Argumentative essay: The big five traits
The big five traits
The Big Five personality traits model is useful in determining or describing the personality traits of all people. The five traits described in the model are openness, conscientiousness, extraversion, Neuroticism and Agreeableness (Gosling, Rentfrow & Swann, 2003). I applied the model in determining the personality traits of my father who works in a local police department. I used three different types of personality data, namely Self Report Data, Observer-Report Data and Life Outcome Data. However, I did not use Test Data, which is also a source of personality data. The results derived from the analysis indicated that my father ranks high in extraversion, conscientiousness and neuroticism. Ultimately, the data was used in comparing my father’s personality traits with the traits of Frank Stanfield Alaska, who is also a law enforcement officer.
The Big Five Model is described well by Gosling et al. (2003) and John, Robins and Pervin (2010). As described in the model, extraverts are people that derive energy from interacting with other people. Such individuals like staying in the company of others, are action-oriented and talkative. They portray traits such as positive emotions, sociability and self-discipline. Conversely, introverts derive energy from themselves (Gosling et al., 2003). Usually, introverts do not require stimulation from others and they do not spend much time interacting with others. Such people are usually quiet and deliberate. Openness is used to describe people that are open to new experiences and who like to learn new things. Such people have a wide variety of interests and are imaginative and insightful (Gosling et al., 2003). Openness is associated with traits such as willingness to try new things, curiosity and appreciation for new adventures. People that lack that trait lack the self-drive for exploring new adventures and ideas.
Agreeableness describes people that are compassionate, cooperative and friendly. Also, such people are usually sympathetic, generous, trustworthy, affectionate and kind. In most cases, agreeable individuals place the interests of others above their interests. Conversely, disagreeable individuals concentrate on their interests and ignore the interests of others. The term “conscientiousness” describes people that are prompt and reliable. Such people are thorough, self-disciplined, methodic and organized. People that lack that trait portray spontaneous behavior. Neuroticism refers to an individual’s level of emotional stability. A high score on neuroticism implies that an individual has emotional instability of he/she portrays negative emotions. Such people are usually moody and tense (John et al., 2010).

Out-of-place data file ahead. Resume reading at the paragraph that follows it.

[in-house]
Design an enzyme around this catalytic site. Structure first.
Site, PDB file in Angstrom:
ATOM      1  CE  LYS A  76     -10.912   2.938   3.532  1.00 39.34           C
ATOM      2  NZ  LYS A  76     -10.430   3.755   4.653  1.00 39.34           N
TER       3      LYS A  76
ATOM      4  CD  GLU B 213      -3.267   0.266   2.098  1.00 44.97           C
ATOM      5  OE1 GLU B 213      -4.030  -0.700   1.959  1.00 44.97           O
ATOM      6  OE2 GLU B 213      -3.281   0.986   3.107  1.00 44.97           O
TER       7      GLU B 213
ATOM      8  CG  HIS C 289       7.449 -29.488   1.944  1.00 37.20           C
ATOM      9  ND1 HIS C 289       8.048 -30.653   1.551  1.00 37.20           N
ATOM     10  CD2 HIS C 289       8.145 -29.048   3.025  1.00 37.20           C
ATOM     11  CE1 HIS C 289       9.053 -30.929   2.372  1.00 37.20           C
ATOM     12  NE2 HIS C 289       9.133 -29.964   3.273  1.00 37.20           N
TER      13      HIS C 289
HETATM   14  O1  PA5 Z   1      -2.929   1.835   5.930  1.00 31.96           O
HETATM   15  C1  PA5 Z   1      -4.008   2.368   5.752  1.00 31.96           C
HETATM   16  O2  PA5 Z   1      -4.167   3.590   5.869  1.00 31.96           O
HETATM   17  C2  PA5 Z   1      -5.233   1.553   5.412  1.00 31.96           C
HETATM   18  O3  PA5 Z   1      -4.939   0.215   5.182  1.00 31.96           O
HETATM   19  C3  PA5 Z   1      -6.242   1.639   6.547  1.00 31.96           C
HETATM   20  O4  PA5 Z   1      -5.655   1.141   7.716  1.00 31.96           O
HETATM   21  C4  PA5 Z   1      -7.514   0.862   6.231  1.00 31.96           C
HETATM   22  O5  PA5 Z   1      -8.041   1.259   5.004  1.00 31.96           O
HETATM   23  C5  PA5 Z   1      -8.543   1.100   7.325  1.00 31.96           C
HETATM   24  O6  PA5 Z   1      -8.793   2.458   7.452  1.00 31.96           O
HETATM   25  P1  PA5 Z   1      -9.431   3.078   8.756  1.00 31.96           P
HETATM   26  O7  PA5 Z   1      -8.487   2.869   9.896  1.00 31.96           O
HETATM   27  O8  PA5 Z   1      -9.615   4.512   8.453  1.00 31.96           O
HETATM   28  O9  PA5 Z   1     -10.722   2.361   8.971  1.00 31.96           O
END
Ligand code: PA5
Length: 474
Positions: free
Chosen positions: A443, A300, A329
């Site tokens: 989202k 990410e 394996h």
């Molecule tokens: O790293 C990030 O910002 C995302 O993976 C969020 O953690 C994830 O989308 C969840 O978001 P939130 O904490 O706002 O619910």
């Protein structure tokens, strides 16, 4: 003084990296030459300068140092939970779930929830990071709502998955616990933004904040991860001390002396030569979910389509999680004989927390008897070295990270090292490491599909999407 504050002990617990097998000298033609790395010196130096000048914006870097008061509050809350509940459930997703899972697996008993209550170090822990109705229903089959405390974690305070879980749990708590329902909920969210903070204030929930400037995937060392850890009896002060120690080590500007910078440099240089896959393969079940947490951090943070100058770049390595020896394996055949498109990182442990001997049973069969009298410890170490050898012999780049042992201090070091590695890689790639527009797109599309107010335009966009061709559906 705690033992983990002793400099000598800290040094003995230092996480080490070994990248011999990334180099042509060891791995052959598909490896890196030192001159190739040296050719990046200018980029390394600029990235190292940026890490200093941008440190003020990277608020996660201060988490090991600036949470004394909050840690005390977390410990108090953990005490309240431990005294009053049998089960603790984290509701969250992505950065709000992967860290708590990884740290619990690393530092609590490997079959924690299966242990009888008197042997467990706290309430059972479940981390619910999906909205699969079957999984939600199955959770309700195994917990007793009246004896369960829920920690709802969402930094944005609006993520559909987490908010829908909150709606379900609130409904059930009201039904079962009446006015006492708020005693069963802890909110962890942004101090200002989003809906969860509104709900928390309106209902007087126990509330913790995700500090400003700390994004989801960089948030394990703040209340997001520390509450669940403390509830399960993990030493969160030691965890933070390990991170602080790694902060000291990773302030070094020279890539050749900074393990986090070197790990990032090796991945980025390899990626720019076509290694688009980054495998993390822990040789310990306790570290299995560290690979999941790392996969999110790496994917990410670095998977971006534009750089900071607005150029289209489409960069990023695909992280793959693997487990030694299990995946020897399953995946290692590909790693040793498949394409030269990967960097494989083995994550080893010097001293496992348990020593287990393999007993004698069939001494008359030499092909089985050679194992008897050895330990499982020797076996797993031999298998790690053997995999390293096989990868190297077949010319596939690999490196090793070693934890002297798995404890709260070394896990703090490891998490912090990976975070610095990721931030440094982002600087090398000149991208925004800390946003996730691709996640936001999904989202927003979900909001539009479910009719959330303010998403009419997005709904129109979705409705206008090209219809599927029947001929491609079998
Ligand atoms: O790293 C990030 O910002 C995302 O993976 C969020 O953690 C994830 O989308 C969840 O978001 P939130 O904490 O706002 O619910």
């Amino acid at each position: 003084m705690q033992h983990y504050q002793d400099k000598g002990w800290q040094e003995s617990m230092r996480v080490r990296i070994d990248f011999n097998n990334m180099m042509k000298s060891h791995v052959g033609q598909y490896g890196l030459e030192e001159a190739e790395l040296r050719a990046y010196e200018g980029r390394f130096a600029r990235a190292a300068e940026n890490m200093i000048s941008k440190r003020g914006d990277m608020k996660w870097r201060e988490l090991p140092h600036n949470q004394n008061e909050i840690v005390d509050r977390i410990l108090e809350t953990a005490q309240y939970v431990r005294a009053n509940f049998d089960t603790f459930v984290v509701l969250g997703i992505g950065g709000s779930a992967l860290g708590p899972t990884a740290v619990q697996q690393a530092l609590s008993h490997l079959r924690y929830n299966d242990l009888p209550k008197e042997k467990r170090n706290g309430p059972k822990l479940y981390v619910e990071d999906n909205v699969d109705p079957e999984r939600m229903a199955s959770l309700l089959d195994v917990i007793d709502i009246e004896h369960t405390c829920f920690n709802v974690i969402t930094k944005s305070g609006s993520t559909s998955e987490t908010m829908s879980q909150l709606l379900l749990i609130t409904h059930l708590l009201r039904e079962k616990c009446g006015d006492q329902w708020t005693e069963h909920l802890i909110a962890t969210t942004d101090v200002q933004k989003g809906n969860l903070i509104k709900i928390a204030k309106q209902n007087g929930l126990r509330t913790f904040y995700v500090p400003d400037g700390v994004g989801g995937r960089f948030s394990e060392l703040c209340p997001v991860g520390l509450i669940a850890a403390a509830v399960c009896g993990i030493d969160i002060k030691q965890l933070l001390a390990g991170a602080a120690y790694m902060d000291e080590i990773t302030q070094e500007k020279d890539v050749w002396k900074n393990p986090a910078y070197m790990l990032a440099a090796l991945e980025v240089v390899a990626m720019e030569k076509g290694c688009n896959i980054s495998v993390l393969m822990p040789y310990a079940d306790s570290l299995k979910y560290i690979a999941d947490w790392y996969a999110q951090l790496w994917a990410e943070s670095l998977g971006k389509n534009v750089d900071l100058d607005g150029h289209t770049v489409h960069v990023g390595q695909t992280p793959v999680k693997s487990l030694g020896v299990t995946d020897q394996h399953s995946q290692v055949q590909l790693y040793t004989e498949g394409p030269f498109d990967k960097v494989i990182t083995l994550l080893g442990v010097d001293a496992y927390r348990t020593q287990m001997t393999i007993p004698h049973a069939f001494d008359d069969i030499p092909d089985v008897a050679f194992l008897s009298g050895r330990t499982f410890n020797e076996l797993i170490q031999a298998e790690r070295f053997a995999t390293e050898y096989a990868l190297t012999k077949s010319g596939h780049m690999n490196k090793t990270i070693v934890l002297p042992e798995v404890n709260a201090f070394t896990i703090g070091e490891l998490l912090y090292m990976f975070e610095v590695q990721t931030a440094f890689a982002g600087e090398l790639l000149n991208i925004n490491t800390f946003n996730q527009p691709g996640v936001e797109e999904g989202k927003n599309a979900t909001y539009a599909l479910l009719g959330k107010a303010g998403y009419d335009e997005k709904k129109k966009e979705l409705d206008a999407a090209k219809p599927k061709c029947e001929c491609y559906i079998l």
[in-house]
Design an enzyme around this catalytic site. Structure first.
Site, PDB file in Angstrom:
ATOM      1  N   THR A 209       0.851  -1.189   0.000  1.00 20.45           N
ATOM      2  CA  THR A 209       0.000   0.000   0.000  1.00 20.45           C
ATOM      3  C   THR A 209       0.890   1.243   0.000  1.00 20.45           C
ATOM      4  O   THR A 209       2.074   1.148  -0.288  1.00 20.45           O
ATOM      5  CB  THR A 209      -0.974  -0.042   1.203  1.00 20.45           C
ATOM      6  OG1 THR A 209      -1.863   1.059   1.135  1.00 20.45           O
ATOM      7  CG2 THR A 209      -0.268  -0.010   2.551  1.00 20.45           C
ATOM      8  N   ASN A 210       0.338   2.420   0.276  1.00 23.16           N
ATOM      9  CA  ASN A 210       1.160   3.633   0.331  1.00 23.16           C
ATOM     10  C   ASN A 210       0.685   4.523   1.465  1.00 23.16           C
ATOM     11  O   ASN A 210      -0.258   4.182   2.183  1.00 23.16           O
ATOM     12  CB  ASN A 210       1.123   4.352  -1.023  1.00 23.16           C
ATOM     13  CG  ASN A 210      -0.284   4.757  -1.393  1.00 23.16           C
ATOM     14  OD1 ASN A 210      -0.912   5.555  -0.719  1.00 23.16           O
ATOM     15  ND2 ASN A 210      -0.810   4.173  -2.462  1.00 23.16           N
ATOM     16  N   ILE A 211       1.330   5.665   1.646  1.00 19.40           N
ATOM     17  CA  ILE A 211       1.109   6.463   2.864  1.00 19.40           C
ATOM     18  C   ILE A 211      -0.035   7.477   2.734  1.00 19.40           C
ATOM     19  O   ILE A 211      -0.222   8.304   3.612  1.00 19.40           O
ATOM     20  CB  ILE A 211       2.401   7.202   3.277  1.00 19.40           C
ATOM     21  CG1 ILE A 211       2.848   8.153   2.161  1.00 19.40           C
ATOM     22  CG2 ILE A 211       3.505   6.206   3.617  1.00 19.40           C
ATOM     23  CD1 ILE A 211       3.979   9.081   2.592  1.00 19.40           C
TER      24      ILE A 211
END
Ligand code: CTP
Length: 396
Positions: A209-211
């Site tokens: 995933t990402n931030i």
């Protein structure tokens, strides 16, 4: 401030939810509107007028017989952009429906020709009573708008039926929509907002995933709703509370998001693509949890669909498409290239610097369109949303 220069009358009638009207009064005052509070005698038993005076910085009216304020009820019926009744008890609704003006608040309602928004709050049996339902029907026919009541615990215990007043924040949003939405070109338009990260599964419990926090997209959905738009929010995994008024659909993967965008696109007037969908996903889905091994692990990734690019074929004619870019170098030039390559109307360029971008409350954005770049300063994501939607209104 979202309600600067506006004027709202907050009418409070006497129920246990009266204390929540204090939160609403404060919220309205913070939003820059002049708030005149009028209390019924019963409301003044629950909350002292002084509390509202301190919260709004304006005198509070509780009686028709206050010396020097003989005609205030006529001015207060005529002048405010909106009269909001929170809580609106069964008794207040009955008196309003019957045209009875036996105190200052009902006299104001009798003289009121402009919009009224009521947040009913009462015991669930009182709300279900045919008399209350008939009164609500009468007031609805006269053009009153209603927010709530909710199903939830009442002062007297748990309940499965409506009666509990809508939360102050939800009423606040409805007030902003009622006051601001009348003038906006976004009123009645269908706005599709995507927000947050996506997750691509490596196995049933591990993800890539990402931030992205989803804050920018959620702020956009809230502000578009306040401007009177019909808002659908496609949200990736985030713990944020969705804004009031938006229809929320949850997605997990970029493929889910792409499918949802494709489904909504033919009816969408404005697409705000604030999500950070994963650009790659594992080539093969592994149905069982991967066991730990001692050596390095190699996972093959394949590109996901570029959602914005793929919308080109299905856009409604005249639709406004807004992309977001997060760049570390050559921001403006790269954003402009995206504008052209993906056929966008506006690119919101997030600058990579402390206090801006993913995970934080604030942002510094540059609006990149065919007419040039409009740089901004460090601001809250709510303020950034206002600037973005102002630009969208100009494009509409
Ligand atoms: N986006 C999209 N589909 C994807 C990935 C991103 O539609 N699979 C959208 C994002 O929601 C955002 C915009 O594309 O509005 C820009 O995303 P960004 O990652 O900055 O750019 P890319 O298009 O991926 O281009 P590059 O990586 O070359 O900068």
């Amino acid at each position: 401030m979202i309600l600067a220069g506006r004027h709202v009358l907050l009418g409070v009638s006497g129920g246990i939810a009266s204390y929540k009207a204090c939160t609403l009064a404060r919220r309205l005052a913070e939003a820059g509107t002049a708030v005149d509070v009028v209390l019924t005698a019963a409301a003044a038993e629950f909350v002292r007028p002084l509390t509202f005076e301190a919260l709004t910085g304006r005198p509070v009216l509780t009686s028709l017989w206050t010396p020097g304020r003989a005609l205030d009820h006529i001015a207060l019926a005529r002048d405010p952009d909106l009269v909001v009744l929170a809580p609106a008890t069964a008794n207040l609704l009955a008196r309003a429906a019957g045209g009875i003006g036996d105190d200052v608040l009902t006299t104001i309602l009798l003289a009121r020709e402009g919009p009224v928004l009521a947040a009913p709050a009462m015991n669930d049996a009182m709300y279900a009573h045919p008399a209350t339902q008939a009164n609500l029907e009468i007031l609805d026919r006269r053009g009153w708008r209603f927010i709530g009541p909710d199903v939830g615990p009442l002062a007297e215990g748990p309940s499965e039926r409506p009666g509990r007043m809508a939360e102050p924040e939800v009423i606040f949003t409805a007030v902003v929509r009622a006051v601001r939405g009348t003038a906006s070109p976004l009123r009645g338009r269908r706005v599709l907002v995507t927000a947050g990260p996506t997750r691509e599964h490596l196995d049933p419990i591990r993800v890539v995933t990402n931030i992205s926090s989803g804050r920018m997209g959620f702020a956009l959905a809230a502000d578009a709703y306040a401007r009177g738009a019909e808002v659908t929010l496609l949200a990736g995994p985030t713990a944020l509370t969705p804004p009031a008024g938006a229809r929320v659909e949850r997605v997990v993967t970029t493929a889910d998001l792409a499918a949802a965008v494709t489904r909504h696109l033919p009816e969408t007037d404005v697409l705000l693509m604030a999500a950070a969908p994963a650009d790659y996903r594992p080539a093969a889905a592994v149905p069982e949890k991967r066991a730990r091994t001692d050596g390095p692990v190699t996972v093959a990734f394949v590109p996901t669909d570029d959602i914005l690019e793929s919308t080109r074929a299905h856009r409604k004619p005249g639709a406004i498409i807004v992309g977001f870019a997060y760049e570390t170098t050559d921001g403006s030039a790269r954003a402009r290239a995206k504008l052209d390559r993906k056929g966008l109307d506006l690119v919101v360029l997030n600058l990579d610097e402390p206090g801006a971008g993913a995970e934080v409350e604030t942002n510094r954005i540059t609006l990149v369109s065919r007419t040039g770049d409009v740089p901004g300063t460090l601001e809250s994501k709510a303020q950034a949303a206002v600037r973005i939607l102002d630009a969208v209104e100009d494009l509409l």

When assessing my father’s traits, I used a scale with scores ranging from 1 to 7. The four sources of personality data helped in determining his traits. Self-Report Data is derived through conducting a survey or an interview on the targeted individual. In some cases, however, people do not give accurate information about their traits. They may feel uncomfortable giving true information about their traits or they may be unable to understand the traits. Thus, it is essential to include other types of data. Observer-report Data is the data derived through observation of an individual’s character by another person or by many people. Life Outcome Data is derived from the information that is open for public scrutiny about a person, such as the activities and events her/she engages in. Also, such information is derived from an individual’s history. Test data is gathered through giving the targeted person a standardized test to fill answers.
Out of the four sources of personality data, I did not use Test Data when gathering information about my father’s personality traits. From the assessment, my father portrayed many traits of an extrovert and thus, the score on that trait. He ranked 7 on the trait of conscientiousness. Also, the sore for neuroticism was 7. The score for openness was fairly high. However, the score for agreeableness was low. For instance, the score for being sympathetic was 3. When gathering information about the personality traits of Frank Stanfield Alaska, I used Life Outcome Data and Observer-Report Data. Mush of the data used was derived from Life Outcome Data. The Life Data was derived from cases that officer Stanfield has been involved when undertaking his job. I found that Officer Stanfield has some similar personality traits with the traits of my father. For instance, officer Stanfield scored high in neuroticism and conscientiousness, just like my father. However, his score on the trait of conscientiousness was 6 while that of my father was 7. Prior to the assessment, I thought that officer Stanfield resembled my father in regard to trait of agreeableness. However, officer Stanfield’s score was 6 while that of my father was 3. Regarding the data about extraversion, officer Stanfield had a lower score than that of my father. Officer Stanfield’s score on that trait was 5.
Overall, the assessment of my father and officer Stanfield helped to determine their personality traits. However, it is essential to acknowledge that the results could have been improved by adding Test Data. The results indicated that there are some similarities and differences in the personality traits of my father and officer Stanfield.
Gosling, S., Rentfrow, P., & Swann Jr., W. (2003). A Very Brief Measure Of The Big-
Five Personality Domains. Journal of Research in Personality,37 (6), 504-528. doi: 10.1016/S0092-6566(03)00046-1
John, O. P., Robins, R. W., & Pervin, L. A. (2010). Handbook of Personality: Theory and
Research. New York, NY:Guilford Press.
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